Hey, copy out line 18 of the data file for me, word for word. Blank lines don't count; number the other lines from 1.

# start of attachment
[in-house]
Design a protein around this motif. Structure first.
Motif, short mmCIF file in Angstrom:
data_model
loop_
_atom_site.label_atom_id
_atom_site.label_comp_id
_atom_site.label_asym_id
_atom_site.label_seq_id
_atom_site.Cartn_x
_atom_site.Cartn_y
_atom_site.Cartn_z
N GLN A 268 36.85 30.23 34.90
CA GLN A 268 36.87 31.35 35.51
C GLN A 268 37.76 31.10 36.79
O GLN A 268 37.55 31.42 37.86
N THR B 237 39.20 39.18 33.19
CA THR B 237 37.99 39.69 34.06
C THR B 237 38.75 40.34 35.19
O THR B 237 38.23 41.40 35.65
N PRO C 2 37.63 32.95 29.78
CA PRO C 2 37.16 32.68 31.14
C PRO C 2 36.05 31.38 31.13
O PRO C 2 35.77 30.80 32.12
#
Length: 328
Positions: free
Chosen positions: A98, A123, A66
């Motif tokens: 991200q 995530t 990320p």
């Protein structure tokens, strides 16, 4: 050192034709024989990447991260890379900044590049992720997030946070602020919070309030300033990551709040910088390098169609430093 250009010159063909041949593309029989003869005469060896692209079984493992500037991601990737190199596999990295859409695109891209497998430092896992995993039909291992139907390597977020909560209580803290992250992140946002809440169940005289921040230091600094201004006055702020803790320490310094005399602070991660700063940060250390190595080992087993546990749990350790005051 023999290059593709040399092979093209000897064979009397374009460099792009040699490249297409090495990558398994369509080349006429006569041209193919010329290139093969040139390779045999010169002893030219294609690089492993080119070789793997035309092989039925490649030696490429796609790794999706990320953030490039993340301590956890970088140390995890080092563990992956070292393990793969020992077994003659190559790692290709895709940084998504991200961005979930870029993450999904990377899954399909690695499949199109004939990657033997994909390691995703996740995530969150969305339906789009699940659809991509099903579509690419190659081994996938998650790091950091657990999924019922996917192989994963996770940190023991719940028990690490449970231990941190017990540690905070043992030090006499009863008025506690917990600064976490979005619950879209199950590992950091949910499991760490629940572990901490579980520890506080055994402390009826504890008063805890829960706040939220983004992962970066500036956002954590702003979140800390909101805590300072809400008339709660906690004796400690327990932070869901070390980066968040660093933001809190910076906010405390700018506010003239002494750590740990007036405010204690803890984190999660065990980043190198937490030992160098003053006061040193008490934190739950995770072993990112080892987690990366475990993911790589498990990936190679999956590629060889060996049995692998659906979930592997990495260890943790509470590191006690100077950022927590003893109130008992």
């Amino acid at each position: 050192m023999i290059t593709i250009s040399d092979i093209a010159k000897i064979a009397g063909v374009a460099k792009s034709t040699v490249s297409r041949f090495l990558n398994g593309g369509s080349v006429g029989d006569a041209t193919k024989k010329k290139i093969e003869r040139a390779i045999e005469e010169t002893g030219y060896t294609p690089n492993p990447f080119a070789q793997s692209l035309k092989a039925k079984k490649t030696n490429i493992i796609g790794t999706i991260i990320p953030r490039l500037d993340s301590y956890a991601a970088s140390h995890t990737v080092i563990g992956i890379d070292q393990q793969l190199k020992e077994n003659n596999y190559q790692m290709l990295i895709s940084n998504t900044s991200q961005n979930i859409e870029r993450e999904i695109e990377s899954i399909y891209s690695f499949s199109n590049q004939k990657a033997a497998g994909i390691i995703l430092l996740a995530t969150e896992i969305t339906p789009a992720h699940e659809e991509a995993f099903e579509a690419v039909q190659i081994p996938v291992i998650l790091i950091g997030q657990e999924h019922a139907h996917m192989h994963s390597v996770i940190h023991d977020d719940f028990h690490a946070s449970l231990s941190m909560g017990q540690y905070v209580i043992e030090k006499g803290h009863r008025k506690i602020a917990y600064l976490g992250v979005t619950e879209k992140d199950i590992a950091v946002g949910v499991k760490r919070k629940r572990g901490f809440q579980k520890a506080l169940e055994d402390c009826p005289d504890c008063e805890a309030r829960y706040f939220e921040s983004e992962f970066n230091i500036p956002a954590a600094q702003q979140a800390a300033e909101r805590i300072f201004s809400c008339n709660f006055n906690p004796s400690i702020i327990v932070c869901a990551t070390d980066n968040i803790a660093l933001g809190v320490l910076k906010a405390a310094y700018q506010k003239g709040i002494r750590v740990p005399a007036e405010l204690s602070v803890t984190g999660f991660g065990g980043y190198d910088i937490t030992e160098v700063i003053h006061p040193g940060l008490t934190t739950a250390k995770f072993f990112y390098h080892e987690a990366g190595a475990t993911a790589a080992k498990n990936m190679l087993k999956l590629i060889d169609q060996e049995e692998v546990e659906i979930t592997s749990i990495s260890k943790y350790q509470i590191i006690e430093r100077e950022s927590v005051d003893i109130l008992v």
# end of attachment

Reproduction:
CA THR B 237 37.99 39.69 34.06